Cooking Oil for the trail.
I have seen a lot of questions lately about cooking oil. "What is your favorite cooking oil for the trail?", "How do you carry your cooking oil when backpacking?" So I thought I would share my thoughts on the subject. Bottom line, I really like Coconut oil for the trail. At this point, at least in my opinion, it can not be beat.
I started out using olive oil, but about two years ago I discovered coconut oil. After trying it at home in the kitchen I decided to give it a try on the trail as well. On the trail, I keep it in a prescription medicine bottle inside my cook kit. I usually keep the medicine bottle in a small ziplock as a backup, but have yet to have any leak out of the bottle. The smaller bottle that I have been using weighs about 10 grams empty. I can get between 35 and 40 grams of oil in it, which is usually plenty for a couple day trip.
The opening of the bottle is big enough to get your knife or a fork inside. It is a bit too small to get a spoon or typical spork in there. Most of the time I use the back end of my spoon or a knife to scoop it out, and if it has melted, then I just pour it out.
Here are the 4 main reasons that I now use coconut oil on the trail.
1. Coconut oil melts at about 76 F, and it re-solidifies when it is cooled back down below that temperature.
My initial reason for giving coconut oil the trail test is because it remains a solid until it reaches about 76 F (24.4 C). For me that means that about 75% of the time that I am in the woods this stuff will not spill! If you have ever opened your cook kit to find that olive oil has leaked all over the inside then you can probably understand how valuable that fact alone can be. It also seems to handle higher temperatures well, which can be very helpful with super thin lightweight cooking gear.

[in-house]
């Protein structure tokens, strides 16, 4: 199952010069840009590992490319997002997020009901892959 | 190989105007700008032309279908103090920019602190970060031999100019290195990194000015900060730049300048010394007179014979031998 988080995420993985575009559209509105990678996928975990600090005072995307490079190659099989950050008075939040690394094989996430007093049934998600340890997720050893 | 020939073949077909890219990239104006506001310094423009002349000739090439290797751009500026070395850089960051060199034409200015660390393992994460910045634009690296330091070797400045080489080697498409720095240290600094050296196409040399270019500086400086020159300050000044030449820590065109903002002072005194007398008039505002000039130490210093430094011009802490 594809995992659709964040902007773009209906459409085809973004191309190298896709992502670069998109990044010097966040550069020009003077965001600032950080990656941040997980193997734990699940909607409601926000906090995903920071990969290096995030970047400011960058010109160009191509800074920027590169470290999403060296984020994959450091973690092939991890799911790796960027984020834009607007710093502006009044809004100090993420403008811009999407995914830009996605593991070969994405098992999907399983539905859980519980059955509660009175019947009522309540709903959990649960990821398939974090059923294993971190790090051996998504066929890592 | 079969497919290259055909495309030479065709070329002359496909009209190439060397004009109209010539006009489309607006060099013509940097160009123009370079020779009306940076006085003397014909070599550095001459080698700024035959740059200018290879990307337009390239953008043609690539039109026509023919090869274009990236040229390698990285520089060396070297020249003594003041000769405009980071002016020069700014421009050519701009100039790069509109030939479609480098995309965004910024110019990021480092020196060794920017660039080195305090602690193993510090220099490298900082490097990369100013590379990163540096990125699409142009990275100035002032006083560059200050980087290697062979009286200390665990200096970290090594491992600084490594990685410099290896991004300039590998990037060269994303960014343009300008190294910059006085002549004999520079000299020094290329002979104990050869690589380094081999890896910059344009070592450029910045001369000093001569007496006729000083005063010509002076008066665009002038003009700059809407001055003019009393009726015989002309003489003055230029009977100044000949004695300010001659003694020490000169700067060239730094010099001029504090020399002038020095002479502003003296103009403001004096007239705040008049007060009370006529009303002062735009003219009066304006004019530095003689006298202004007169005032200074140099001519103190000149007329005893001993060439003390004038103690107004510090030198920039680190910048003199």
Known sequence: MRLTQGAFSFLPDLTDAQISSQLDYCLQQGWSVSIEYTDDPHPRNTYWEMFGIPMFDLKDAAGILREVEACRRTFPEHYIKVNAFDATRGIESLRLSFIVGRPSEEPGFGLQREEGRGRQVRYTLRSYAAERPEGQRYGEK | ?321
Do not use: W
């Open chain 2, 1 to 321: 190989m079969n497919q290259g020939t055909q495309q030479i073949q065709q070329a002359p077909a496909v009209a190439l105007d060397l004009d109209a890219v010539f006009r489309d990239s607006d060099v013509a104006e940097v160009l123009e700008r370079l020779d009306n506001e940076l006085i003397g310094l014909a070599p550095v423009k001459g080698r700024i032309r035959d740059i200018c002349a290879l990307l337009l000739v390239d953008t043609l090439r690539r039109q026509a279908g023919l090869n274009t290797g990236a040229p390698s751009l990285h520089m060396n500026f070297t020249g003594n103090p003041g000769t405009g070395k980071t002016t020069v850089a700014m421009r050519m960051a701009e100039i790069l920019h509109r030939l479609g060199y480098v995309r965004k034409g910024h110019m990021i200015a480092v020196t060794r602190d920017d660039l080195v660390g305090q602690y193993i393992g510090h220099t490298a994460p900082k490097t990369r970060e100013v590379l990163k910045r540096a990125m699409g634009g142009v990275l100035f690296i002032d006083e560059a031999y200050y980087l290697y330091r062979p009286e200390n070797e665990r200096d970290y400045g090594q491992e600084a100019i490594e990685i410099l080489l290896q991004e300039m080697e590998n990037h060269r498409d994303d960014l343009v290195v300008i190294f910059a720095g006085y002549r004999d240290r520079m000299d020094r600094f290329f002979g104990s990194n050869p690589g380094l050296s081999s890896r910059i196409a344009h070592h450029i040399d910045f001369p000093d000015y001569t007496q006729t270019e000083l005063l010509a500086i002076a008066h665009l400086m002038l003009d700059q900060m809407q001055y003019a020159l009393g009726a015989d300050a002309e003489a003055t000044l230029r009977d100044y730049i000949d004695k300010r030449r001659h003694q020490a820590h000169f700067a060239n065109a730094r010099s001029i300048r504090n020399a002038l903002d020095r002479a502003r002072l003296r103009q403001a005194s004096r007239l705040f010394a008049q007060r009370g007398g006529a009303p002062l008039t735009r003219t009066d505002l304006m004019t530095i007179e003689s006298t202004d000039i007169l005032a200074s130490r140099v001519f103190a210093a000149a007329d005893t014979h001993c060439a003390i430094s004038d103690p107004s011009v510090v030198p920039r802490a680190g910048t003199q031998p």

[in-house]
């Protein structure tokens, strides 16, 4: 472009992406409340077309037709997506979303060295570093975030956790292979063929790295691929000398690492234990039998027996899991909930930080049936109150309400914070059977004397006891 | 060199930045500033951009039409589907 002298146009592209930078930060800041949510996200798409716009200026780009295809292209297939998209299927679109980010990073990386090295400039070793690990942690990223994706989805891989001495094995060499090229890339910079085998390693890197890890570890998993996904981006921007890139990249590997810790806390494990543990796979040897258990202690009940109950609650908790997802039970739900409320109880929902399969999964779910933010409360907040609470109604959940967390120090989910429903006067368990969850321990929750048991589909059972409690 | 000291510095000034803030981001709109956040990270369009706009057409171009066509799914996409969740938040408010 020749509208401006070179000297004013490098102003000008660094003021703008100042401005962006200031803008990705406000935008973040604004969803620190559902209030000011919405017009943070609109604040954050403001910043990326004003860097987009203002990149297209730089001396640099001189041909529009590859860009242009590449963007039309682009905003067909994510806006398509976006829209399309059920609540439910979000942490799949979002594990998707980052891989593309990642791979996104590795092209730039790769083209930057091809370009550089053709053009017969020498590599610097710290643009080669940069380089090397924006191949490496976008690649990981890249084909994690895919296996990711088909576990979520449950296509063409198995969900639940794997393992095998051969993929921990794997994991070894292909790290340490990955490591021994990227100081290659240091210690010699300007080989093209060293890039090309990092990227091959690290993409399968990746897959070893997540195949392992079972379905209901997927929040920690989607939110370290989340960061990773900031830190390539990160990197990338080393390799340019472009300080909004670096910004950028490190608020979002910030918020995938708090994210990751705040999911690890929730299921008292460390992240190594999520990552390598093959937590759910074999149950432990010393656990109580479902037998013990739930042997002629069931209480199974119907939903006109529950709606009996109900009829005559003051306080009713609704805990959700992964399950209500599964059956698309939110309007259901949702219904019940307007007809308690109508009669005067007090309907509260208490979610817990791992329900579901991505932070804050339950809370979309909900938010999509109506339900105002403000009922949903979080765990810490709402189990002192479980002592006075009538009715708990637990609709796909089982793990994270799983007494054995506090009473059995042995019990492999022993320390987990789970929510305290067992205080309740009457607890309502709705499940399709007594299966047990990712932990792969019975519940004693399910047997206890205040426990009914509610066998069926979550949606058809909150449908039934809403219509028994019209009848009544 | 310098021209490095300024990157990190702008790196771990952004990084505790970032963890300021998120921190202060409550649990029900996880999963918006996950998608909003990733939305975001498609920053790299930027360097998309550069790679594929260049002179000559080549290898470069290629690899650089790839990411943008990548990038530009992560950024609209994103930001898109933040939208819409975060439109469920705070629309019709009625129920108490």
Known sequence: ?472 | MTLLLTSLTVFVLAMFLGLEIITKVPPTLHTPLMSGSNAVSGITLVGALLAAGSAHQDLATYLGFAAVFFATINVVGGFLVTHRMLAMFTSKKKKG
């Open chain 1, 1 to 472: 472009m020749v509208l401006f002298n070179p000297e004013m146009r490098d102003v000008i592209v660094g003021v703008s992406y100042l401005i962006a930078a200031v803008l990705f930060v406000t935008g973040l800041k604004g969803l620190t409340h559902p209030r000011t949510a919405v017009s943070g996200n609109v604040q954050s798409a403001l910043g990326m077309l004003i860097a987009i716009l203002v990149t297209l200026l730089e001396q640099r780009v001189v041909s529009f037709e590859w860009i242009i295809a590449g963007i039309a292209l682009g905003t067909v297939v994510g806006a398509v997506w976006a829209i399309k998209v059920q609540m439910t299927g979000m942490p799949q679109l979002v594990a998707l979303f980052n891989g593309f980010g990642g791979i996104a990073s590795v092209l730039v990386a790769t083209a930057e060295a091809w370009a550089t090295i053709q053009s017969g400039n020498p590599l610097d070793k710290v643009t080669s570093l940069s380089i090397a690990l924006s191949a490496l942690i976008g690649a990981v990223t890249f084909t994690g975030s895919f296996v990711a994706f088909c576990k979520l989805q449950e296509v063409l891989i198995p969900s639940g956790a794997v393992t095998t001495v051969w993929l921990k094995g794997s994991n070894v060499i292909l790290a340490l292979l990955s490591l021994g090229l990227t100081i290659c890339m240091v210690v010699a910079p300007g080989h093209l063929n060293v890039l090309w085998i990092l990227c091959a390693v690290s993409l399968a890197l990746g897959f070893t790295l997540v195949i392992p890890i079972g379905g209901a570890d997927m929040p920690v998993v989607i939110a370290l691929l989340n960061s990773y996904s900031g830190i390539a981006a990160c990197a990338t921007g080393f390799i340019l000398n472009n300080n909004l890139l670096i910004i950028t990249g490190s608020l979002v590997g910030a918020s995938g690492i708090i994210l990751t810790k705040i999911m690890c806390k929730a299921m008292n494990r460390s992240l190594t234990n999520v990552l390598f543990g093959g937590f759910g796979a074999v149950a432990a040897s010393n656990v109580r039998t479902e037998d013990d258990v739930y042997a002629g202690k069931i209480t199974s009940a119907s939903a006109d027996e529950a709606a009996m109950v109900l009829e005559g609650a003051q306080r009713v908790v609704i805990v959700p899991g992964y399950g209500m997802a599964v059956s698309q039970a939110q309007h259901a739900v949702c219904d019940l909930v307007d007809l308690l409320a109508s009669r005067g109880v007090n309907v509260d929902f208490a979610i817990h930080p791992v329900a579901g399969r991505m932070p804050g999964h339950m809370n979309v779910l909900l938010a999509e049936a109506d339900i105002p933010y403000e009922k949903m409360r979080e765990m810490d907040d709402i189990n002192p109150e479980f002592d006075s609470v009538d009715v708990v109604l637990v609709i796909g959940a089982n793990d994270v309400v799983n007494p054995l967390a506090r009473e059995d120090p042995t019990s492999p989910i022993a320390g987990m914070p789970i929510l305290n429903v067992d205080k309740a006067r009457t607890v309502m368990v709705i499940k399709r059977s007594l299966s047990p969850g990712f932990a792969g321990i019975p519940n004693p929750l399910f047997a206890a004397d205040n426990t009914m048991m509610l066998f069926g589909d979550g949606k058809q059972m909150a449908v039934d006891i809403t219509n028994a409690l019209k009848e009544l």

2. Nutritional, quick energy!
Coconut oil provides about 8.6 calories per gram. While this is not quite as dense as extra virgin olive oil at 8.8 calories per gram, coconut oil is made up of almost 90% medium chain triglyceride saturate fats. What the heck does this mean, you might ask! Well, these medium chain triglyceride saturated fats are metabolized in such a way that they go directly from the digestive track to the liver and become a quick energy source. It sort of works like one of those 5 hour energy drinks, except with out all the sugar. In most cases we are not really eating enough calories while backpacking to really support the number of calories that we are burning. Eating these medium chain triglycerides sort of put our bodies in a mode that allows us to more easily burn the fats that are already in our bodies, allowing us to go farther before becoming fatigued from the calorie deficit.
3. A great addition to the first aid kit.
About half of the fatty acids in coconut oil are lauric acid, and to top that off when coconut oil is digested it forms monolaurin. Both lauric acid and monolaurin are natural antibiotics, antifungals, and antivirals. Combine this with the fact that it is a great moisturizer, what you have is one of the most useful members of your first aid and hygiene kit. It works ok on small cuts and abrasions similar to an antibacterial cream. It can be used as a lotion for dry hands and feet, and it works fantastically as a lip balm. You can also mix it with a bit of baking soda to use as a toothpaste or a face/body wash.
4. A fire starter.
Many people carry cotton balls soaked in Vaseline to use as a fire starter. Well we all love the multiple use items, and it turns out that coconut oil burns just as well as Vaseline. I usually carry a couple cotton balls or cotton pads in my first aid kit, and with coconut oil in my cook kit I am all set for a similar type of fire starter with out adding anything to my fire kit.
Thanks for reading, and I hope you find this info helpful!
As always, I would love to read your comments below.